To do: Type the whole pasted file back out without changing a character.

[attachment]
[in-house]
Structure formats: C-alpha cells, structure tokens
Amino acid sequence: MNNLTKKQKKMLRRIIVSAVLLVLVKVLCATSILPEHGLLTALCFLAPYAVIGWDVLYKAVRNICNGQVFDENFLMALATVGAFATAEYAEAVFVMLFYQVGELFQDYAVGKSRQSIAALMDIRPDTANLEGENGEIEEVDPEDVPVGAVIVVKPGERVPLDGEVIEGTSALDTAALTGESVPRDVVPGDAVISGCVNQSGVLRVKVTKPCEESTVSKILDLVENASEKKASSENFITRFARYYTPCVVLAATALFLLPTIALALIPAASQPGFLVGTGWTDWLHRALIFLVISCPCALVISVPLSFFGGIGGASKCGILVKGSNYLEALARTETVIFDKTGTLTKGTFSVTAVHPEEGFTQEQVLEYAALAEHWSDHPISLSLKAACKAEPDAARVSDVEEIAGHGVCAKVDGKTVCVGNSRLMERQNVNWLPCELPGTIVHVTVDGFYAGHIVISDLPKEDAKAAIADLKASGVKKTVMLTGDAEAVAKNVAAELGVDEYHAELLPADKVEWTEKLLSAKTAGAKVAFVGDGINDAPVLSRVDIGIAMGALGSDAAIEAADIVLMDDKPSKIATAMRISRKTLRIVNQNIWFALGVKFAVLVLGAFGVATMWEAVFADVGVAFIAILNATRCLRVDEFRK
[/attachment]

[in-house]
Structure formats: C-alpha cells, structure tokens
Amino acid sequence: MNNLTKKQKKMLRRIIVSAVLLVLVKVLCATSILPEHGLLTALCFLAPYAVIGWDVLYKAVRNICNGQVFDENFLMALATVGAFATAEYAEAVFVMLFYQVGELFQDYAVGKSRQSIAALMDIRPDTANLEGENGEIEEVDPEDVPVGAVIVVKPGERVPLDGEVIEGTSALDTAALTGESVPRDVVPGDAVISGCVNQSGVLRVKVTKPCEESTVSKILDLVENASEKKASSENFITRFARYYTPCVVLAATALFLLPTIALALIPAASQPGFLVGTGWTDWLHRALIFLVISCPCALVISVPLSFFGGIGGASKCGILVKGSNYLEALARTETVIFDKTGTLTKGTFSVTAVHPEEGFTQEQVLEYAALAEHWSDHPISLSLKAACKAEPDAARVSDVEEIAGHGVCAKVDGKTVCVGNSRLMERQNVNWLPCELPGTIVHVTVDGFYAGHIVISDLPKEDAKAAIADLKASGVKKTVMLTGDAEAVAKNVAAELGVDEYHAELLPADKVEWTEKLLSAKTAGAKVAFVGDGINDAPVLSRVDIGIAMGALGSDAAIEAADIVLMDDKPSKIATAMRISRKTLRIVNQNIWFALGVKFAVLVLGAFGVATMWEAVFADVGVAFIAILNATRCLRVDEFRK